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Hypnoskull / Caustic / Coreline / The PCP Principle – Savage Lands

Hypnoskull / Caustic / Coreline / The PCP Principle - Savage Lands

CD, Coreline Media, 2008

A four-way ballistic battle ensues on this selection from four disparate artists with only distorted percussive processes in common. In theory, this has the potential for excellence, but in practice it falls short.
Hypnoskull, often considered the finest exponent of Belgium’s harsh electronics scene, kicks things off with uptempo craziness: “23 Inches of Steel” teeters precariously on the verge of gabber, only noisier, though things slip back into the (slightly) more sedate realm of rhythmic noise for his finest offering on this compilation, “Breakwars,” which is inspirational in its use of unexpected sampling and glitch-riddled drums.
Caustic fans will be pleased to note that Matt Fanale’s technical prowess keeps improving, while his toilet humour just gets worse. On this split EP he rants about such diverse topics as the legal system (“Making the Law”) and the perils of statutory rape (“You Fuck Jailbait”), all accompanied by his personal brand of crushing, tearing rhythm.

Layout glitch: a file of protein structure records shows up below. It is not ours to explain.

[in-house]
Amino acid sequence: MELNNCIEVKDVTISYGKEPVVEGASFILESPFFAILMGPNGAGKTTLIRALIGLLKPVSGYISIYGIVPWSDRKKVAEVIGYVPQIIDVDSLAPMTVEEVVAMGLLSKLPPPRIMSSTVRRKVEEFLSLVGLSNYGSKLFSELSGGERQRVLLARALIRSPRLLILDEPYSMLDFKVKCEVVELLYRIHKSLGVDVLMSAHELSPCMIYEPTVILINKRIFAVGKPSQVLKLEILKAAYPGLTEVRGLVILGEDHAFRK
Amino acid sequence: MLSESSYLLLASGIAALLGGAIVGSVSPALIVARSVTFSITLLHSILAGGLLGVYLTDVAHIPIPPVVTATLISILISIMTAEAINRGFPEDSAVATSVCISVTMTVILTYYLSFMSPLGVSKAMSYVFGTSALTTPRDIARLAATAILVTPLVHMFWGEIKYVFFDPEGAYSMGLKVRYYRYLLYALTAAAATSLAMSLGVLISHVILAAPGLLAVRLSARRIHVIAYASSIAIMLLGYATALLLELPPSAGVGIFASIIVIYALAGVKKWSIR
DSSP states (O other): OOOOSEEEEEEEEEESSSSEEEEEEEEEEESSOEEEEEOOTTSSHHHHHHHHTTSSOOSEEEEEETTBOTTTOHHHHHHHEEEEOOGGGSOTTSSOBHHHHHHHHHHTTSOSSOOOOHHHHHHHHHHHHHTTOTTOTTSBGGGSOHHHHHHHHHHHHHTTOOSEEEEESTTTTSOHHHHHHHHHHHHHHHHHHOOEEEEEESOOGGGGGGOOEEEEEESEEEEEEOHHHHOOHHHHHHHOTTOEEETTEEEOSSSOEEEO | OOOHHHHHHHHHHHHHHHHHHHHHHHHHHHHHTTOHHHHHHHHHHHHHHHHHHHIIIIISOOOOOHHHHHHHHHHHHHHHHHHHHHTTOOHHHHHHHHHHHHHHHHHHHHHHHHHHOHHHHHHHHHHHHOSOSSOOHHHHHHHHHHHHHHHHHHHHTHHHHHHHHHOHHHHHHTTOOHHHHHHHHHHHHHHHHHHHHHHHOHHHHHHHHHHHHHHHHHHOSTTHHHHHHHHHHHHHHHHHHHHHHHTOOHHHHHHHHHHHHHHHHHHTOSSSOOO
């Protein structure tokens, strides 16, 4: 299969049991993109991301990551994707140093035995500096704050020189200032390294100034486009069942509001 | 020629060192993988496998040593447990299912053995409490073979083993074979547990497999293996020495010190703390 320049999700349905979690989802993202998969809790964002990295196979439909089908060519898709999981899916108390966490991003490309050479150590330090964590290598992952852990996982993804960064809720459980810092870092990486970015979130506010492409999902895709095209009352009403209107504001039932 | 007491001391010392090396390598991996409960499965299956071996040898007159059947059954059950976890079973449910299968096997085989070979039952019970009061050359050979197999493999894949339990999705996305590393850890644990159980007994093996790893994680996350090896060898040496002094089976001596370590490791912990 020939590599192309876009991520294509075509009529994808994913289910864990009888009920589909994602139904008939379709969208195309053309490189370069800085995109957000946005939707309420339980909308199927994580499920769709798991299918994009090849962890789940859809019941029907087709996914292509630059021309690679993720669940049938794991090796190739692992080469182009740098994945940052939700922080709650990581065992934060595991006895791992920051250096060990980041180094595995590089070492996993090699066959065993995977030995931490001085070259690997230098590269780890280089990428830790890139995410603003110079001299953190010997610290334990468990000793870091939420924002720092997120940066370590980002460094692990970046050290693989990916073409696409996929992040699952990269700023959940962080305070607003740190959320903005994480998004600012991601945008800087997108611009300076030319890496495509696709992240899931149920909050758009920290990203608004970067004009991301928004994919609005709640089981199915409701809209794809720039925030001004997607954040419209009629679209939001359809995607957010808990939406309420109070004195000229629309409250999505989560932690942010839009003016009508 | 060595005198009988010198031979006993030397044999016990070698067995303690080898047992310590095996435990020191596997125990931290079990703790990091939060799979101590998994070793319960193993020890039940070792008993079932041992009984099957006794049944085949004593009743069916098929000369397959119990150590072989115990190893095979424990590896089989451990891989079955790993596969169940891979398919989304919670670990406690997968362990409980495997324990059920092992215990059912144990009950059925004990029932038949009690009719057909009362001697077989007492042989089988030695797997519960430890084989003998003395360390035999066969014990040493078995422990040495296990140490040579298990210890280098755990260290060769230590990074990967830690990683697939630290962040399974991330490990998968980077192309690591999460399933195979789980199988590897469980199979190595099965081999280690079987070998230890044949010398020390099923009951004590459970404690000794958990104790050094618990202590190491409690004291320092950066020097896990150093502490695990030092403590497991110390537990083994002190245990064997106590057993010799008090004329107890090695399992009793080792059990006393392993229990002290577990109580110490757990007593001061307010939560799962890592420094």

Coreline are by far the best reason to buy this recording: this is what the EBM of the future should sound like. Skilfully blending diverse elements of noise, techno and drum’n’bass to create masterpieces like “They Shall Know No Peace,” Coreline balances melody and discordance like very few other artists today can manage.
The PCP Principle, unfortunately, is not as exciting. The elitist attitude with which he puts himself and his music forward on MySpace doesn’t translate very well in the four tracks on this EP, “Cold.Alone.Afraid.Dead” being the most accomplished among these. Overall, I find his crossover approach similar to, but less refined than, Coreline’s and, as a result, disappointing.
In general, nothing about “Savage Lands” is particularly brilliant. There are a few highlights that club DJs will appreciate, but overall it’s a mediocre presentation that doesn’t do adequate justice to the artists it is meant to promote.


— David vander Merwe

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